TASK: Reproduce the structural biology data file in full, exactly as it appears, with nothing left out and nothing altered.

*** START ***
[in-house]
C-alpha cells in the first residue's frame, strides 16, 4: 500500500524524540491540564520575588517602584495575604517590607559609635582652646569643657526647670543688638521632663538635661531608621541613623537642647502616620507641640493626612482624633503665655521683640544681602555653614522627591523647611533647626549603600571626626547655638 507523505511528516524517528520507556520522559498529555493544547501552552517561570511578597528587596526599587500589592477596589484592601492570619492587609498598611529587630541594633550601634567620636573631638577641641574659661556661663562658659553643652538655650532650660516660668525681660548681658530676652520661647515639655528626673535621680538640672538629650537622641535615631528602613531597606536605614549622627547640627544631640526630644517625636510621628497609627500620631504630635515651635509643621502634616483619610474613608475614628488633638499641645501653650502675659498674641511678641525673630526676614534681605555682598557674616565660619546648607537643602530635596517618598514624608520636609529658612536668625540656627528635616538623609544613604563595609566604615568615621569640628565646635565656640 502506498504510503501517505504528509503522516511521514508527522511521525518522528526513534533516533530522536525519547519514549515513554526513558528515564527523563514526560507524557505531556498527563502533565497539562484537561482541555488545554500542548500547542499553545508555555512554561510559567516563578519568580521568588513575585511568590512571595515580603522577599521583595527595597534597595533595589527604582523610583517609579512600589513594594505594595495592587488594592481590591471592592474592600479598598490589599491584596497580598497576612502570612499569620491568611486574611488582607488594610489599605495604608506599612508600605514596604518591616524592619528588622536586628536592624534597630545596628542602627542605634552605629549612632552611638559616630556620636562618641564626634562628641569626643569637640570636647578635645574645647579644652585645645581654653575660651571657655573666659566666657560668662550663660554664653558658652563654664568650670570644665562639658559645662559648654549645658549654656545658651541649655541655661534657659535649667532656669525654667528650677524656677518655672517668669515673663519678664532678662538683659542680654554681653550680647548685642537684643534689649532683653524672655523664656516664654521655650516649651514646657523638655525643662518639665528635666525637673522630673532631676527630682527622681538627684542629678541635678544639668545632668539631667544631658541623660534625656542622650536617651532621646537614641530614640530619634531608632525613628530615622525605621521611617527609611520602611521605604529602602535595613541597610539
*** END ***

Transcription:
[in-house]
C-alpha cells in the first residue's frame, strides 16, 4: 500500500524524540491540564520575588517602584495575604517590607559609635582652646569643657526647670543688638521632663538635661531608621541613623537642647502616620507641640493626612482624633503665655521683640544681602555653614522627591523647611533647626549603600571626626547655638 507523505511528516524517528520507556520522559498529555493544547501552552517561570511578597528587596526599587500589592477596589484592601492570619492587609498598611529587630541594633550601634567620636573631638577641641574659661556661663562658659553643652538655650532650660516660668525681660548681658530676652520661647515639655528626673535621680538640672538629650537622641535615631528602613531597606536605614549622627547640627544631640526630644517625636510621628497609627500620631504630635515651635509643621502634616483619610474613608475614628488633638499641645501653650502675659498674641511678641525673630526676614534681605555682598557674616565660619546648607537643602530635596517618598514624608520636609529658612536668625540656627528635616538623609544613604563595609566604615568615621569640628565646635565656640 502506498504510503501517505504528509503522516511521514508527522511521525518522528526513534533516533530522536525519547519514549515513554526513558528515564527523563514526560507524557505531556498527563502533565497539562484537561482541555488545554500542548500547542499553545508555555512554561510559567516563578519568580521568588513575585511568590512571595515580603522577599521583595527595597534597595533595589527604582523610583517609579512600589513594594505594595495592587488594592481590591471592592474592600479598598490589599491584596497580598497576612502570612499569620491568611486574611488582607488594610489599605495604608506599612508600605514596604518591616524592619528588622536586628536592624534597630545596628542602627542605634552605629549612632552611638559616630556620636562618641564626634562628641569626643569637640570636647578635645574645647579644652585645645581654653575660651571657655573666659566666657560668662550663660554664653558658652563654664568650670570644665562639658559645662559648654549645658549654656545658651541649655541655661534657659535649667532656669525654667528650677524656677518655672517668669515673663519678664532678662538683659542680654554681653550680647548685642537684643534689649532683653524672655523664656516664654521655650516649651514646657523638655525643662518639665528635666525637673522630673532631676527630682527622681538627684542629678541635678544639668545632668539631667544631658541623660534625656542622650536617651532621646537614641530614640530619634531608632525613628530615622525605621521611617527609611520602611521605604529602602535595613541597610539